Mature compost is created by the breakdown of organic waste such as leaves, vegetables, fruits, plants and weeds. It feeds plants, retains moisture, makes weeding easier, helps distribute fertilizer, provides micronutrients and promotes biological activity in the soil. Almost anyone can generate top-quality composted soil quickly and easily in their own backyard. This guide will help you understand the methods of composting and the types of composters available so you can pick the one that works best for your yard.
The easiest way to create compost is just to pile up your organic materials and let them break down. This process can take quite a bit of time, so use compost heaps, bins or tumblers to aid in this process.
- Easiest method of composting; just dump refuse into a pile
- Requires a section of your yard; pick a location down-wind of your home
- Less sterile than enclosed bins
- Takes longest time for breakdown
- Box with air slits on the side; most common design
- Provide protection from animals and pests
- Keep the compost area tidy and contained
- Allow for higher heaping which boosts heat by insulating the core of the pile
- Should be designed so you can easily access and turn the pile
Tip: Set up two bins next to each other so you can always have one bin actively decomposing and the other you can consistently add to
- Cleanest way to compost
- Best choice if you have limited yard space
- Compact and easy to operate
- Produce high-grade compost in less time as you can easily mix the compost
- Smaller than other alternatives and most effective when all material is added at once instead of gradually
Bacteria make up 80 percent to 90 percent of the microorganisms that do the work of breaking down refuse in your compost bin. So while it may seem simple enough to just heap the debris on a pile and wait for it to change into soil, a very complex process needs to happen for the material to break down.
Microorganisms devour the waste on a cellular level creating water, carbon dioxide and the most important ingredient, heat. A healthy compost pile will heat up to about 140 degrees at its core as the microorganisms do their work.
Cold compost is made by piling up materials and letting them break down for a year or two with an occasional turn if possible. It is susceptible to weed and seedling growth which can impede some of the composting process. Cold compost is typically created in compost piles or heaps placed out in the open with no containers.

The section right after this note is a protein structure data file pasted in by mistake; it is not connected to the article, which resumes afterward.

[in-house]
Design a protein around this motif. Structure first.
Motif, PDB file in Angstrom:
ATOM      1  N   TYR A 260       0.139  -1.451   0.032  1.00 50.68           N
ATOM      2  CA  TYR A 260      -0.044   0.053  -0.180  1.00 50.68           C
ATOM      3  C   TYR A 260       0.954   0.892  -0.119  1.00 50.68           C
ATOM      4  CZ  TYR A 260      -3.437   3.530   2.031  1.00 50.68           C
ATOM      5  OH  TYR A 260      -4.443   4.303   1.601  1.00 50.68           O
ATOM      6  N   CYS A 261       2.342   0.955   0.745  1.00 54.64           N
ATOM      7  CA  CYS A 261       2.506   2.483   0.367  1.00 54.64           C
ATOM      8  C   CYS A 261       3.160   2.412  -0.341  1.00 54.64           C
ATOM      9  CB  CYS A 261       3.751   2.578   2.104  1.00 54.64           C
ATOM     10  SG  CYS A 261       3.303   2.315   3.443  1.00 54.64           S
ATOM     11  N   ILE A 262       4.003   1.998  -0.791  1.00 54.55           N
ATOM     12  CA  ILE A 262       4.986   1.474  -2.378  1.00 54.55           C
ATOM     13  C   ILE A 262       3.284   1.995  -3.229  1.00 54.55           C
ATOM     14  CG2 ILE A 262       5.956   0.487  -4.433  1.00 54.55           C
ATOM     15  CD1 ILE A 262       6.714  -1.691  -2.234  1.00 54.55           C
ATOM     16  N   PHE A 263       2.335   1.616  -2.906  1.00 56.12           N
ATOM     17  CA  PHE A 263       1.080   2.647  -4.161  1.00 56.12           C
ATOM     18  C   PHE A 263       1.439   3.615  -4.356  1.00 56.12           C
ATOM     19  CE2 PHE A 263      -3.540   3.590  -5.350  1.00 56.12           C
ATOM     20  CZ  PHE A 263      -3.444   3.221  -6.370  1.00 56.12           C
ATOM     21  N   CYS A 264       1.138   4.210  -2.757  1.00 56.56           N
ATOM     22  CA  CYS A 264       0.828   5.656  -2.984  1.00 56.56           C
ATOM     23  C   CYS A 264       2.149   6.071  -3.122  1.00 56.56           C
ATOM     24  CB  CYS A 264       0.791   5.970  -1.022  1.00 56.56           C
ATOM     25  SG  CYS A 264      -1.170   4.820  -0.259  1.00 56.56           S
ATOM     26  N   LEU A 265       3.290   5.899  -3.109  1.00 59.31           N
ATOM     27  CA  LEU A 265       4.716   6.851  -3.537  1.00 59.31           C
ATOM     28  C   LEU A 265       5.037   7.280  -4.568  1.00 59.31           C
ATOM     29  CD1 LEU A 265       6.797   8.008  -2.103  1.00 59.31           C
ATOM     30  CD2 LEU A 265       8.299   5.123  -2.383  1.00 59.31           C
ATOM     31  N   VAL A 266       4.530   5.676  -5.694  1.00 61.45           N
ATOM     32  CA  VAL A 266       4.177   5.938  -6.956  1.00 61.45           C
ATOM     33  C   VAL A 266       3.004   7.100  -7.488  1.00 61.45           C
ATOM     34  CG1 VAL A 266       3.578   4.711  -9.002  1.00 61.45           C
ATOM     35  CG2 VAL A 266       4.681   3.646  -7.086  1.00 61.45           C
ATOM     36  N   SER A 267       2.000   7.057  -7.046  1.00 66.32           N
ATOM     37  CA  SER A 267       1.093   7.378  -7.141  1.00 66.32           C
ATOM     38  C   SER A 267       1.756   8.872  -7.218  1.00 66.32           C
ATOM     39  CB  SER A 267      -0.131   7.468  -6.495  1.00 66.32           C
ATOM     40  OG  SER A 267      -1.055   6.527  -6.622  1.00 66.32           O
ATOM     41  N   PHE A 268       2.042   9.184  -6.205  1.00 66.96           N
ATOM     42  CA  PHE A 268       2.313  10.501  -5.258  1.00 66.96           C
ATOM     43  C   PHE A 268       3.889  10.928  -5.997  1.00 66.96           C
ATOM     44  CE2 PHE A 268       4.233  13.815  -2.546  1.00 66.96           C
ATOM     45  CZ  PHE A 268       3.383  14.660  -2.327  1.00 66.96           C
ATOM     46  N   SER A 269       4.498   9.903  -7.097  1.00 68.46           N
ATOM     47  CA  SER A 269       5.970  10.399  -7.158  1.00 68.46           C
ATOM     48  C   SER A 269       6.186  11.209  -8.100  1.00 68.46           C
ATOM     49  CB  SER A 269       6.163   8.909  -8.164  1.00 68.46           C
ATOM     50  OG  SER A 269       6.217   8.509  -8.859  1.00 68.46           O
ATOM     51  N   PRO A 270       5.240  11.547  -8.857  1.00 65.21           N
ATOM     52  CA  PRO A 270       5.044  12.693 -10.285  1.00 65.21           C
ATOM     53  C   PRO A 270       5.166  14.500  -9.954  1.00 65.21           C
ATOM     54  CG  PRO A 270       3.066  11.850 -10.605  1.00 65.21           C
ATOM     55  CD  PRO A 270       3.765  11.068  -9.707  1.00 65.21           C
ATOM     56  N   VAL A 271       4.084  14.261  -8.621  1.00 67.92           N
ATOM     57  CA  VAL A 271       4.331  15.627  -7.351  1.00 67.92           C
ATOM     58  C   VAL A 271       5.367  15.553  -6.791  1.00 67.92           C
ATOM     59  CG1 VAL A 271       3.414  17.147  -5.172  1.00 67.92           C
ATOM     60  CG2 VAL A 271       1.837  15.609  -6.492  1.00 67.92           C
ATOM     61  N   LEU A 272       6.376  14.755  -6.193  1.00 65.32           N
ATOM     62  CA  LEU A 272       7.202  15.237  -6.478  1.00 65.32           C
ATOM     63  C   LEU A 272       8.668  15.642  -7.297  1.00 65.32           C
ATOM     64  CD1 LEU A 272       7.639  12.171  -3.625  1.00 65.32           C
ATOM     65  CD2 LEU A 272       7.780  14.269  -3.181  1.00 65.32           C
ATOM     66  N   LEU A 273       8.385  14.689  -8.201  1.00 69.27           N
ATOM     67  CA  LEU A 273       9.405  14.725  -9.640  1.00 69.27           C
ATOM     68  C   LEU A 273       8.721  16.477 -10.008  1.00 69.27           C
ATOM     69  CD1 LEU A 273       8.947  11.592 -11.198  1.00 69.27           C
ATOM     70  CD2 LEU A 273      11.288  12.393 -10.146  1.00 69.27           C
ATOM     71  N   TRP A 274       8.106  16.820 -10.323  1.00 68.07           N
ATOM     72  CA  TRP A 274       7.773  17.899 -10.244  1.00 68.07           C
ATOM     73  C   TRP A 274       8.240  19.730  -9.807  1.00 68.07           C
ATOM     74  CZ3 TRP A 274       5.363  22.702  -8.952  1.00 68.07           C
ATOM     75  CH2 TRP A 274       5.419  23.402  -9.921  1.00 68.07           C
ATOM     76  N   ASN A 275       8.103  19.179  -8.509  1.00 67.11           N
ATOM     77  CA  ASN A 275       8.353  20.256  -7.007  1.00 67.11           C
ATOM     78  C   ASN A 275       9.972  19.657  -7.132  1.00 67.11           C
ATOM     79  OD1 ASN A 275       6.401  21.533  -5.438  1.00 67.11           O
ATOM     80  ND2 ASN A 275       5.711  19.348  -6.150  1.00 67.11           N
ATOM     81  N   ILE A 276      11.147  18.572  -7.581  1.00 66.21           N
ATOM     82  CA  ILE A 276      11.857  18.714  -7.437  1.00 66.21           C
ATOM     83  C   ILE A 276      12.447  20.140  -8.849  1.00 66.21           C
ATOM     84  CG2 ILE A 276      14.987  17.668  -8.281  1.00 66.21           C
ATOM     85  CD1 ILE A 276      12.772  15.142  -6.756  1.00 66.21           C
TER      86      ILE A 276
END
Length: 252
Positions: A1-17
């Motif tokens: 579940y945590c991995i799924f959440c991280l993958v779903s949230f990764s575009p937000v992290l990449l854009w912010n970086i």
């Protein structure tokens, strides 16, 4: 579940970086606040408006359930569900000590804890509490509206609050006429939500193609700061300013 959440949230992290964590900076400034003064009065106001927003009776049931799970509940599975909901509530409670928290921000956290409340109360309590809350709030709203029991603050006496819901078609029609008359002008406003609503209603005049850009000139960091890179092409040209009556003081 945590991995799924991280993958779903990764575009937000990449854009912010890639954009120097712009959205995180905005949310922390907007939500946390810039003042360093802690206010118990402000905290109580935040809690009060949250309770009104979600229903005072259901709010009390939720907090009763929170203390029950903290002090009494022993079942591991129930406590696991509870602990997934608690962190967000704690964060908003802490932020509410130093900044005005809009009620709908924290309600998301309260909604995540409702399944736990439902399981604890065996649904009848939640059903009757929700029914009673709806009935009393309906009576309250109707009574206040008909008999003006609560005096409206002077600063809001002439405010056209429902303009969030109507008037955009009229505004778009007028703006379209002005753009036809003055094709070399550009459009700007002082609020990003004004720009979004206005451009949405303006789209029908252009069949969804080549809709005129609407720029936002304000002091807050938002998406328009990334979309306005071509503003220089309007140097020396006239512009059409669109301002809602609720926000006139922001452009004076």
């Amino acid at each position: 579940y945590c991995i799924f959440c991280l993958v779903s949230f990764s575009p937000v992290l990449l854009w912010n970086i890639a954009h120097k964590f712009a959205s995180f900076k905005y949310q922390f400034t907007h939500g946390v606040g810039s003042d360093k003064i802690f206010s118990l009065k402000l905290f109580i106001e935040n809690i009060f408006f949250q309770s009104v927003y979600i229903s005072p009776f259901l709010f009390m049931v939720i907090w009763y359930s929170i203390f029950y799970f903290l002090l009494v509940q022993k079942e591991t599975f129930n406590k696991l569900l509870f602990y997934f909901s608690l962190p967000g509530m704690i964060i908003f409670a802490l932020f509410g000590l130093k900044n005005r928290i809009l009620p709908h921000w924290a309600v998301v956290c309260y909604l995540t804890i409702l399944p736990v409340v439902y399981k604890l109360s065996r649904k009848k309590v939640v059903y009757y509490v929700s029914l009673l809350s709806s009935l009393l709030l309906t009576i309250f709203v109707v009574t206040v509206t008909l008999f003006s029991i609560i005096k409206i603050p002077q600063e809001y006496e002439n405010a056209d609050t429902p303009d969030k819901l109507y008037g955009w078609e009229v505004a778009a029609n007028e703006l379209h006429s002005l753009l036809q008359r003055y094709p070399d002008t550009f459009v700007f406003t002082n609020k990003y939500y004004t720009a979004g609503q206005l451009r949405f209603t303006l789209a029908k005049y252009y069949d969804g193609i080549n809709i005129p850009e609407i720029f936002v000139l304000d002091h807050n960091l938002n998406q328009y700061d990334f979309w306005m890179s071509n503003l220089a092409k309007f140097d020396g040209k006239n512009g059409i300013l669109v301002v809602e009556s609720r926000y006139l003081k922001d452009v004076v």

Hot compost comes from a compost pile constructed with a balance of nitrogen-rich and carbon-rich materials that are turned regularly, at least once every week or two. It is also kept evenly moist with occasional watering. Hot compost becomes very hot to the touch due to the organic breakdowns constantly occurring, killing weed seeds and many disease pathogens.
When the materials are first heaped together in a compost bin or pile, they begin the mesophilic stage. During this time the temperature of the core will begin to rise and microorganisms will start to form colonies and multiply within the pile. The mesophilic stage lasts for less than a week, and during this time you should see your compost "sag," or settle.
The second stage is the thermophilic phase; this stage sees your compost getting up to 140 degrees Fahrenheit. When organic materials reach that temperature, seeds from weeds are killed, harmful bacteria die off, and the pile starts to break down rapidly. The thermophilic phase can be assisted by making sure that your compost pile is damp. A popular rule of thumb is that it should be as wet as a wrung-out sponge. There should be sufficient air reaching the core of the pile.
Turning the pile once or twice during this stage will help get oxygen to the center, and turning the garden hose on the pile will supply enough water to keep the heat in. This stage can last up to three months depending upon how much attention you pay to the heap, what you are trying to compost, and what sort of bin or pile you are using.
The final stage of composting is known as the cooling stage and this is where the compost matures and the pile settles into a uniform mix. This can take up to four months. Turning occasionally is important, and during this final stage you may want to begin a second compost location and refrain from adding to the near complete one.
Your compost is ready to use when it is a rich brown color, earthy smelling, free of large pieces of debris, and has a crumbly consistency.